A British detainee at the US military detention camp in Guantanamo Bay, Cuba, who drew international attention with his assertions that he was tortured while in CIA custody, is scheduled to arrive in Britain on Monday, the New York Times reported on Sunday.
The detainee, Binyam Mohamed, who has been in US custody for nearly seven years, was held and interrogated in Pakistan and Morocco before being sent to Guantanamo, the Times reported. His release to Britain, news of which was leaked to the Times by his lawyers and British officials, ends an 18-month stand-off between the Washington and London.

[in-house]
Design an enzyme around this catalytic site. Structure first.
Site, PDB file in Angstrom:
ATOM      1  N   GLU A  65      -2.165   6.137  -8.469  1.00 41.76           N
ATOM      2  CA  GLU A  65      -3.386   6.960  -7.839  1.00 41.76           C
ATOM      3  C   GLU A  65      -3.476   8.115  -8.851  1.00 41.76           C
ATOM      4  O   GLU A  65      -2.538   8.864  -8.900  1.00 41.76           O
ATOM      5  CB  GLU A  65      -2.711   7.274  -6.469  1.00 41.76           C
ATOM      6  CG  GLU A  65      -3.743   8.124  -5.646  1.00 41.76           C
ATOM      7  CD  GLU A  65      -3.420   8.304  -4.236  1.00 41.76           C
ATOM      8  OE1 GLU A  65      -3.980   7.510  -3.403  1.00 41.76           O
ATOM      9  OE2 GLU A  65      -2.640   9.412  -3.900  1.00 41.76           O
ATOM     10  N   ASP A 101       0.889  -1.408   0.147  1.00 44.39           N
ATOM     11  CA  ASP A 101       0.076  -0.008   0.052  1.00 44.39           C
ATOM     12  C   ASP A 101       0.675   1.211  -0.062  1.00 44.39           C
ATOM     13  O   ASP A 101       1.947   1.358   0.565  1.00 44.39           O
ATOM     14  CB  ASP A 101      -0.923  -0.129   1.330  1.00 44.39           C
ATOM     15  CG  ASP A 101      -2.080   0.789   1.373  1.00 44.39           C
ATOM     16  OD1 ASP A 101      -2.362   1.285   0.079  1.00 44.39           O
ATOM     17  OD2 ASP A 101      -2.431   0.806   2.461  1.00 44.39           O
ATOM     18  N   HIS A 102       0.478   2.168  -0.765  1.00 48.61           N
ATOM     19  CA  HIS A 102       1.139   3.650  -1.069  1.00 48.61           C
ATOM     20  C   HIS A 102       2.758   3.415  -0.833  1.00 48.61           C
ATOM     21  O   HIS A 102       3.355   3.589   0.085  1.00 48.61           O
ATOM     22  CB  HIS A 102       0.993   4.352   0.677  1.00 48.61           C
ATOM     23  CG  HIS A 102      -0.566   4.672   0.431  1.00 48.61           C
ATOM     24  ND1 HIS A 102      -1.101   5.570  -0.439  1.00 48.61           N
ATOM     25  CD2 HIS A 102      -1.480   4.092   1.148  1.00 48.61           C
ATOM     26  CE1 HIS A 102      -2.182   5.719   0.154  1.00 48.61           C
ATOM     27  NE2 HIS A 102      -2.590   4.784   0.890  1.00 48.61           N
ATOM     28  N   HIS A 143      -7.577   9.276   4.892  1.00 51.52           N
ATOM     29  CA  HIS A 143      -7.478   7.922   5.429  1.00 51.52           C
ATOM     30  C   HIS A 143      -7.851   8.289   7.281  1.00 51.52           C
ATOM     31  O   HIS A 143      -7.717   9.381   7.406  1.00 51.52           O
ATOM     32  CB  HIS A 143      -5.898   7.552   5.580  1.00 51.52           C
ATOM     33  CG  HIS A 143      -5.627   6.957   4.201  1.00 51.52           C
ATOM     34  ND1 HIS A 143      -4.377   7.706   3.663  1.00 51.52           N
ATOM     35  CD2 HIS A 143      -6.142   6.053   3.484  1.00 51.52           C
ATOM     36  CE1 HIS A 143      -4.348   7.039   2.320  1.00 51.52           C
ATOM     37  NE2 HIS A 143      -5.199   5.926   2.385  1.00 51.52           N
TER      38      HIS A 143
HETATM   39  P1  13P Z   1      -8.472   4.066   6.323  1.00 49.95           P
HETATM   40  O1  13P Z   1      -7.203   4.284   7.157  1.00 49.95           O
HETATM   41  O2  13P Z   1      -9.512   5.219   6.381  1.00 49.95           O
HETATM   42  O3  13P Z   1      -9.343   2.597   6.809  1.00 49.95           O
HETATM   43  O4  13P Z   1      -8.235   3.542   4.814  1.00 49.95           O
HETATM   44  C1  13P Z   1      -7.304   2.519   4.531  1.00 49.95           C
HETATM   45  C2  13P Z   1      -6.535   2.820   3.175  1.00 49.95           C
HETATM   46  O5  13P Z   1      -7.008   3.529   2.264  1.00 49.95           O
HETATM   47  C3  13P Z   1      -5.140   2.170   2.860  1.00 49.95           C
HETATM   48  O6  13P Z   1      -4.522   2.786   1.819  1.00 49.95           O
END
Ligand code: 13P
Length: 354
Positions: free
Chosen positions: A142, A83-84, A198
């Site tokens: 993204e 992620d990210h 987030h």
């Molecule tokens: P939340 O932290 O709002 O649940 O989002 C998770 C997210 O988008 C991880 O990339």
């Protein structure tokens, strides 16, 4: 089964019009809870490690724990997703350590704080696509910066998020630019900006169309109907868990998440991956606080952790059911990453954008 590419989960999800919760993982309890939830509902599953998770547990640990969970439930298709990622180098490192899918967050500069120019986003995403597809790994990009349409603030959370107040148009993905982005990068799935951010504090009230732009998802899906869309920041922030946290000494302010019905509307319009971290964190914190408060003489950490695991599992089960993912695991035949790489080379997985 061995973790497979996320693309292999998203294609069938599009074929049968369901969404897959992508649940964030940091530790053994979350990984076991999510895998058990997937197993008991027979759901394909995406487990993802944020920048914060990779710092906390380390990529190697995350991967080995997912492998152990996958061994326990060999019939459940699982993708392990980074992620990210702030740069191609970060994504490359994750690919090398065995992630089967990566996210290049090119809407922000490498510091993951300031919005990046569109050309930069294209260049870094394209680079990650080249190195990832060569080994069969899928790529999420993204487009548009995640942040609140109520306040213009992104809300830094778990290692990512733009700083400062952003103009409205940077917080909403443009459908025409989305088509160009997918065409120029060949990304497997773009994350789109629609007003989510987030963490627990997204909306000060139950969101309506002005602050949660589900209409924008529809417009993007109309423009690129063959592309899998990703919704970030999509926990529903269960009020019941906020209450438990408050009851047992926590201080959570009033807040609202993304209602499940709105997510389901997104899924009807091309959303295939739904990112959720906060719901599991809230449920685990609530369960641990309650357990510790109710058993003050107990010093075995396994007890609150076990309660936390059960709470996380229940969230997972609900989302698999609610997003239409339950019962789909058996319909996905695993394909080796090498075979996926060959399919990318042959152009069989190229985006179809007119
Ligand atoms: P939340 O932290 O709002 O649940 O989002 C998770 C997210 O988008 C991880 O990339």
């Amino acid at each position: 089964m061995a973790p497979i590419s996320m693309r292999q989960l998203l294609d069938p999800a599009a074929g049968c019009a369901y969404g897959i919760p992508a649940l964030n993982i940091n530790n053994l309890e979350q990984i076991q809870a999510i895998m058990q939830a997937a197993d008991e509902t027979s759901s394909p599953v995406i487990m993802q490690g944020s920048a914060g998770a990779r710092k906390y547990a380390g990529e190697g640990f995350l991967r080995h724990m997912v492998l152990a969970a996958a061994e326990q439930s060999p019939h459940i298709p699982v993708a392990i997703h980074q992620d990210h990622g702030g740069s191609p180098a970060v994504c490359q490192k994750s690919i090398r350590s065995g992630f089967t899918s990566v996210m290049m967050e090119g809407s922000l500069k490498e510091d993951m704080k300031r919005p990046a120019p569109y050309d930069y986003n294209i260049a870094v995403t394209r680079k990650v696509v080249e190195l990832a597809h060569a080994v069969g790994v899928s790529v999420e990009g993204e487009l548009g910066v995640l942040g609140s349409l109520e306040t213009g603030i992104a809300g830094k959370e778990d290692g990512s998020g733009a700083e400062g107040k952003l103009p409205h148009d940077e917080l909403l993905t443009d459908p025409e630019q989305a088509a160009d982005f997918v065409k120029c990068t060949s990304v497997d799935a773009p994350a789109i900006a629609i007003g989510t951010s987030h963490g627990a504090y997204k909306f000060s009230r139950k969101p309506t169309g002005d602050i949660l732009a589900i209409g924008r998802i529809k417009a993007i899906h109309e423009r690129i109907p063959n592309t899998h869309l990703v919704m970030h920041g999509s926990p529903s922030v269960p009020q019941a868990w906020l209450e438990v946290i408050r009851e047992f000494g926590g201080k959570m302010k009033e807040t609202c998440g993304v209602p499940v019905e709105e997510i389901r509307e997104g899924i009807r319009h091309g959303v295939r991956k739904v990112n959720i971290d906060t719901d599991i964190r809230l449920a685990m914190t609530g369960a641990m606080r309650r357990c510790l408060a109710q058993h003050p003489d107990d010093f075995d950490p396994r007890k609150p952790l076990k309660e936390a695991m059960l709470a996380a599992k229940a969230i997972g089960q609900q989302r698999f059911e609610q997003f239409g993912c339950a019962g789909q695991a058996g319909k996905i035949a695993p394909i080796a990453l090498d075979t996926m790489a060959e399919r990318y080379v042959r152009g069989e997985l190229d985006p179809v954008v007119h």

It does not end an effort by Mohamed and his lawyers to obtain photographs Mohamed said were taken by an American woman showing injuries he contends were inflicted by torture in the course of interrogation.
American officials originally said Mohamed was part of a conspiracy to detonate a dirty bomb on American soil, but all charges against him were eventually dismissed.
US Embassy officials in London refused to comment on the case, the Times reported, saying they could not talk about future Guantanamo releases as a matter of policy.
The dispute over Mohamed's status involved US demands that he be placed under electronic surveillance and other controls in Britain.
Mohamed and his attorneys eventually agreed to restrictions including a prohibition on travel to the United States, the Times said, citing unnamed sources.